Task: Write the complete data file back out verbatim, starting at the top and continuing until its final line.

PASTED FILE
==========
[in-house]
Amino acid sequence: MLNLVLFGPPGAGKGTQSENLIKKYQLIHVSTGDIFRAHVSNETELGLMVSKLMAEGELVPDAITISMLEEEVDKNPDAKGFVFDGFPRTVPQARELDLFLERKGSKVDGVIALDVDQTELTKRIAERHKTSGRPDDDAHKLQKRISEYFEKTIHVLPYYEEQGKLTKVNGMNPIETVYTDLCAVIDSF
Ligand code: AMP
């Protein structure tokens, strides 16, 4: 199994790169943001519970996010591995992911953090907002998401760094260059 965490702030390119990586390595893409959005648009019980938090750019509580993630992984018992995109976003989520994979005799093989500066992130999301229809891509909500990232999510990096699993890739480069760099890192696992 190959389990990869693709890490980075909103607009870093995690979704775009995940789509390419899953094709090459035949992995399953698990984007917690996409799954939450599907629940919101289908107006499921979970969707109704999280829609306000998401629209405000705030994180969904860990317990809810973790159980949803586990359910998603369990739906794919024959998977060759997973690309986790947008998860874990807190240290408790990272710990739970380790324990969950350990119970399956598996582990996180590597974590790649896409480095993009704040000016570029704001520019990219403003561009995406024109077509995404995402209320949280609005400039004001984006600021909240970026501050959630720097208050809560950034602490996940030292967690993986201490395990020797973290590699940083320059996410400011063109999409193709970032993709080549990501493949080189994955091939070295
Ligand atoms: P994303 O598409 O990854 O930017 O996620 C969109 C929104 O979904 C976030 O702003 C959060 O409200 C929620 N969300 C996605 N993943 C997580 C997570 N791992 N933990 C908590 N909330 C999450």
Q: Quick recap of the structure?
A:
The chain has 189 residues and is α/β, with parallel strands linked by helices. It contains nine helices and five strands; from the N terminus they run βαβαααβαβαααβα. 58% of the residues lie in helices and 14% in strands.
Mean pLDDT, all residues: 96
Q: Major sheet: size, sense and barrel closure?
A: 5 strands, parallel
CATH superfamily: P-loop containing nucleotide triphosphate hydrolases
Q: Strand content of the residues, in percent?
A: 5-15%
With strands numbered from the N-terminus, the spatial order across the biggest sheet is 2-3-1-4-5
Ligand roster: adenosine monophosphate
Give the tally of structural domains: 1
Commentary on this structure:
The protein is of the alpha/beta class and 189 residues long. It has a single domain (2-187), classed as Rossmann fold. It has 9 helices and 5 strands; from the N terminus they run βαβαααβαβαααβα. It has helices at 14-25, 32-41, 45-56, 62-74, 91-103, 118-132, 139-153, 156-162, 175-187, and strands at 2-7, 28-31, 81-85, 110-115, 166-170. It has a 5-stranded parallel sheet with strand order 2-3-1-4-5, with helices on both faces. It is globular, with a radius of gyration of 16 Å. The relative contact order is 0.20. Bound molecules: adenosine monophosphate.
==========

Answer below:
[in-house]
Amino acid sequence: MLNLVLFGPPGAGKGTQSENLIKKYQLIHVSTGDIFRAHVSNETELGLMVSKLMAEGELVPDAITISMLEEEVDKNPDAKGFVFDGFPRTVPQARELDLFLERKGSKVDGVIALDVDQTELTKRIAERHKTSGRPDDDAHKLQKRISEYFEKTIHVLPYYEEQGKLTKVNGMNPIETVYTDLCAVIDSF
Ligand code: AMP
């Protein structure tokens, strides 16, 4: 199994790169943001519970996010591995992911953090907002998401760094260059 965490702030390119990586390595893409959005648009019980938090750019509580993630992984018992995109976003989520994979005799093989500066992130999301229809891509909500990232999510990096699993890739480069760099890192696992 190959389990990869693709890490980075909103607009870093995690979704775009995940789509390419899953094709090459035949992995399953698990984007917690996409799954939450599907629940919101289908107006499921979970969707109704999280829609306000998401629209405000705030994180969904860990317990809810973790159980949803586990359910998603369990739906794919024959998977060759997973690309986790947008998860874990807190240290408790990272710990739970380790324990969950350990119970399956598996582990996180590597974590790649896409480095993009704040000016570029704001520019990219403003561009995406024109077509995404995402209320949280609005400039004001984006600021909240970026501050959630720097208050809560950034602490996940030292967690993986201490395990020797973290590699940083320059996410400011063109999409193709970032993709080549990501493949080189994955091939070295
Ligand atoms: P994303 O598409 O990854 O930017 O996620 C969109 C929104 O979904 C976030 O702003 C959060 O409200 C929620 N969300 C996605 N993943 C997580 C997570 N791992 N933990 C908590 N909330 C999450």
Q: Quick recap of the structure?
A:
The chain has 189 residues and is α/β, with parallel strands linked by helices. It contains nine helices and five strands; from the N terminus they run βαβαααβαβαααβα. 58% of the residues lie in helices and 14% in strands.
Mean pLDDT, all residues: 96
Q: Major sheet: size, sense and barrel closure?
A: 5 strands, parallel
CATH superfamily: P-loop containing nucleotide triphosphate hydrolases
Q: Strand content of the residues, in percent?
A: 5-15%
With strands numbered from the N-terminus, the spatial order across the biggest sheet is 2-3-1-4-5
Ligand roster: adenosine monophosphate
Give the tally of structural domains: 1
Commentary on this structure:
The protein is of the alpha/beta class and 189 residues long. It has a single domain (2-187), classed as Rossmann fold. It has 9 helices and 5 strands; from the N terminus they run βαβαααβαβαααβα. It has helices at 14-25, 32-41, 45-56, 62-74, 91-103, 118-132, 139-153, 156-162, 175-187, and strands at 2-7, 28-31, 81-85, 110-115, 166-170. It has a 5-stranded parallel sheet with strand order 2-3-1-4-5, with helices on both faces. It is globular, with a radius of gyration of 16 Å. The relative contact order is 0.20. Bound molecules: adenosine monophosphate.